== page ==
TBR expects Atos will sustain its growth momentum and achieve organic revenue growth at a CAGR of between 2% and 3% from 2017 through 2019. Over the past year, Atos has been shifting its portfolio mix to next-generation solutions, building digital skills and competencies through digital certifications of employees, and attracting digitally versed graduates from leading universities. Now the company is executing on its strategy to have 40% of its revenues in 2019 generated from its Digital Transformation Factory (DTF) solutions portfolio. Emphasizing the message around execution will resonate well with clients, especially Atos’ key accounts, as they move beyond the initial digital transformation hype to actually implementing and scaling their transformational initiatives.

Due to Atos’ less developed consulting expertise in North America compared to Europe, TBR believes the company has chosen not to follow the consulting-led digital transformation trend among peers in the region and is instead focusing on execution, something Atos does well. While leading with technology and vertical industry expertise will likely work as Atos builds relationships with key accounts and cross-sells solutions across its portfolio, TBR’s research shows that both business and IT consulting matter, especially for new clients and new solutions.

Overall, Atos is persistently keeping in line with its three-year growth ambitions for 2017 through 2019, and focusing on its strengths. This is exemplified by the company’s emphasis on the Internet of Things (IoT), as Atos combines its expertise and proven track record in IT services, security and industry solutions with the operations technology (OT) and industry expertise of its global strategic alliance partner Siemens to integrate IT and OT for clients and capture opportunities in IoT.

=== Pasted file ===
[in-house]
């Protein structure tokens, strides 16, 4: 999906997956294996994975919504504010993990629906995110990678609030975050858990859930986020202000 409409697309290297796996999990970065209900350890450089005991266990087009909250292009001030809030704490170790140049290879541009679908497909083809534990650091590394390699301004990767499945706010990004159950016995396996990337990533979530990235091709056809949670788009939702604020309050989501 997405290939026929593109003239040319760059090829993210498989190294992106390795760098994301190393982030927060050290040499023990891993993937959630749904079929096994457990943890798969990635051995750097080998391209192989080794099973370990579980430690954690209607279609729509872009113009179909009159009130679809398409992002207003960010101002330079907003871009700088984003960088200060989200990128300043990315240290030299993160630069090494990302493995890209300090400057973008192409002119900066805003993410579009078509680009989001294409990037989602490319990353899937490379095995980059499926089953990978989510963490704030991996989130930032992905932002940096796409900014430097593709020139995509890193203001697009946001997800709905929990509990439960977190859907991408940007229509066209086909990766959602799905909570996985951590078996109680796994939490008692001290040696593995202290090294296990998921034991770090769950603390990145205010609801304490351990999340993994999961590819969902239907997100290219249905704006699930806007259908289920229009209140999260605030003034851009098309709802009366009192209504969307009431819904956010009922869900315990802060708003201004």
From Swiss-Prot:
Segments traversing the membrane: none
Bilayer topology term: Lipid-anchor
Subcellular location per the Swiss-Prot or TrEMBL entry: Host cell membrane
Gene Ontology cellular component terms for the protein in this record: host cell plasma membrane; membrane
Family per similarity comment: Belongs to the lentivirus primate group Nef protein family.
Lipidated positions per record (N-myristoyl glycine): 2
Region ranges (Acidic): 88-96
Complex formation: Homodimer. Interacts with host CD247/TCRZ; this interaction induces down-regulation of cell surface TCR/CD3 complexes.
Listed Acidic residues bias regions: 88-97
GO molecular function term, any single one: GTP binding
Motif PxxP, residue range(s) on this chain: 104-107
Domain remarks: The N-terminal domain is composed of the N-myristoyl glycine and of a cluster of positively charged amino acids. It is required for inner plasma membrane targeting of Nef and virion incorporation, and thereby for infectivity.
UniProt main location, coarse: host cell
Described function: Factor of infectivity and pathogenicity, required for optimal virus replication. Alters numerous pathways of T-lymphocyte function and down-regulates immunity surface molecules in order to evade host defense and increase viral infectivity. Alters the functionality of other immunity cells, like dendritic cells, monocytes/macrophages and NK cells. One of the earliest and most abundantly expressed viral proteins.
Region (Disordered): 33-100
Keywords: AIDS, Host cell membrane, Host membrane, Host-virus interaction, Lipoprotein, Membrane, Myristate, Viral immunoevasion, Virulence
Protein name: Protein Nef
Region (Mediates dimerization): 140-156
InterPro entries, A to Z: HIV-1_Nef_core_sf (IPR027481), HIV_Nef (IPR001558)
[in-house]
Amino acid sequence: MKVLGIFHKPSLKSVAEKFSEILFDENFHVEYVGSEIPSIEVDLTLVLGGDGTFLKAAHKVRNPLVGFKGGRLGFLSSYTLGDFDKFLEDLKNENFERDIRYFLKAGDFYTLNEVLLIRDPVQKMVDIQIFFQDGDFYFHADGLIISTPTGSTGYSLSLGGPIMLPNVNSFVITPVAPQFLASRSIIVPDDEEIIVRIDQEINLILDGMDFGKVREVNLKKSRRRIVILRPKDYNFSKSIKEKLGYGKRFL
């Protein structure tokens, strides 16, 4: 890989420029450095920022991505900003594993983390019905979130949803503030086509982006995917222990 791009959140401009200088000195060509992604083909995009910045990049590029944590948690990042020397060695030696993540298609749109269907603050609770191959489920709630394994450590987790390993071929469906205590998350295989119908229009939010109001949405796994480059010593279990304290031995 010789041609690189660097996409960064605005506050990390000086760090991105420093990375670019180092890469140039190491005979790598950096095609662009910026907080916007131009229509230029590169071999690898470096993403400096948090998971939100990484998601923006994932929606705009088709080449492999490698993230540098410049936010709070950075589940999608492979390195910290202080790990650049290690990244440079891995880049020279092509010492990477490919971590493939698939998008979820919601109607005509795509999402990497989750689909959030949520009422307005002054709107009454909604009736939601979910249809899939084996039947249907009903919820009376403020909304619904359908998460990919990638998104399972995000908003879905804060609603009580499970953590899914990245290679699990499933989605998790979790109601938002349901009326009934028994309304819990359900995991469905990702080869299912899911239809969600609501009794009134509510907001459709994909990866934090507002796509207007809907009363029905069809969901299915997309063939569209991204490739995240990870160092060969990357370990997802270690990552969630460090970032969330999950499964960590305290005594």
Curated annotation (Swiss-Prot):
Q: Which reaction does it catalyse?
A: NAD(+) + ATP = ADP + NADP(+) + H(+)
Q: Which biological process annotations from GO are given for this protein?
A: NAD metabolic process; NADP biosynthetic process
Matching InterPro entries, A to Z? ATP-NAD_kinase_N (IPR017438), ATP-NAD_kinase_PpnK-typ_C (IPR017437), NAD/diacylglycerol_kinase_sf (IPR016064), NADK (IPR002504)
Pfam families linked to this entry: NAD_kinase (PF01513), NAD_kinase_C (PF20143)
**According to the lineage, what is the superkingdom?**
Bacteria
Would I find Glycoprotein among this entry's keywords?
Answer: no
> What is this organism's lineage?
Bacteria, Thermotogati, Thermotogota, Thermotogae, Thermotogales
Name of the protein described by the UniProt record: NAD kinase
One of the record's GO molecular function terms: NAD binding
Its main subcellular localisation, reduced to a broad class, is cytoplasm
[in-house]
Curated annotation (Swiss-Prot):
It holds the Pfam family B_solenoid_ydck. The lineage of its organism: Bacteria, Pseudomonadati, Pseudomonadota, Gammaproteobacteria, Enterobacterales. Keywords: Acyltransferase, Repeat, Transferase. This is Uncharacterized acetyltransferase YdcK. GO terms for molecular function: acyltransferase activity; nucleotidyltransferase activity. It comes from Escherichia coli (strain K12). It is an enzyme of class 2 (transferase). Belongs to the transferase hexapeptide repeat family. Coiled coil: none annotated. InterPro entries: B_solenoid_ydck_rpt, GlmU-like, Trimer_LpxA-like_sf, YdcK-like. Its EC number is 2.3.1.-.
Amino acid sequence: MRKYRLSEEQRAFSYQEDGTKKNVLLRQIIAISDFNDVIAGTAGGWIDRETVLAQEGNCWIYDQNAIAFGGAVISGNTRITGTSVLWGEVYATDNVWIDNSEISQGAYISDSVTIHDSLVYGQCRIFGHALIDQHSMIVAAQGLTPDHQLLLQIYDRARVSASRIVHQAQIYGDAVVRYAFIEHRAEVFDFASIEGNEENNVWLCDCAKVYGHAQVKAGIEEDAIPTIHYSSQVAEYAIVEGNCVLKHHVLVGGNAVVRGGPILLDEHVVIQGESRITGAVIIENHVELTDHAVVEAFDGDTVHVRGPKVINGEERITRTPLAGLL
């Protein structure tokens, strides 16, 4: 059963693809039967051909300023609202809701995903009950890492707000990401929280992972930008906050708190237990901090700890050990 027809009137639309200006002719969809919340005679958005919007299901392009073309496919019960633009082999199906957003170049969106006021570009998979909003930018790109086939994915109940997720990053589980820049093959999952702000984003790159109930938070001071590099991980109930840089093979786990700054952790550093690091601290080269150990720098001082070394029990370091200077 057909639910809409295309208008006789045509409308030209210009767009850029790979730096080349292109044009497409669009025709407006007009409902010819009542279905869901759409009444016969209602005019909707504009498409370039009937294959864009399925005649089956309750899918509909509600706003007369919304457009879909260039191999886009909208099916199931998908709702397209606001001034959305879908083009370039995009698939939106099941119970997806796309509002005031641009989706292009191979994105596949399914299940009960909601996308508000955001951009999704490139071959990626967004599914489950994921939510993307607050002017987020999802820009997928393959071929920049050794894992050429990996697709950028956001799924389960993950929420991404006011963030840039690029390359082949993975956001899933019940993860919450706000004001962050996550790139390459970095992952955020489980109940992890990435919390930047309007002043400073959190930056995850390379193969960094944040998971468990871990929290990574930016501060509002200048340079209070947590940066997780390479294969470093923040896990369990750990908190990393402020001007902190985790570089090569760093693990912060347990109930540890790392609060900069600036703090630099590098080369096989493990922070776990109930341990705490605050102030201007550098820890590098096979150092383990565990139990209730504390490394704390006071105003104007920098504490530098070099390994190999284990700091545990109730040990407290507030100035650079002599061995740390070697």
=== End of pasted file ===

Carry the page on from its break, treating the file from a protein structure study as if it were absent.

For the third consecutive year Atos held its annual Global Analyst Conference in Boston, underscoring its persistent emphasis on expanding in North America and diversifying its global revenue base, as well as highlighting its desire to be closer to the U.S.-based IT industry analyst community. The conference was hosted by Patrick Adiba, Atos’ new North America CEO, and featured plenary and breakout sessions as well as individual meetings with TBR analysts. During the event Atos presented its strategic direction through 2019; collaboration activities with global strategic alliance partners such as Dell EMC, Siemens and SAP (NYSE: SAP); and case studies that showed Atos in action delivering measurable business results for clients.

As the telecom industry drives open source for interoperability more operators benefit from NFV and SDN, but incumbent suppliers face significant disruption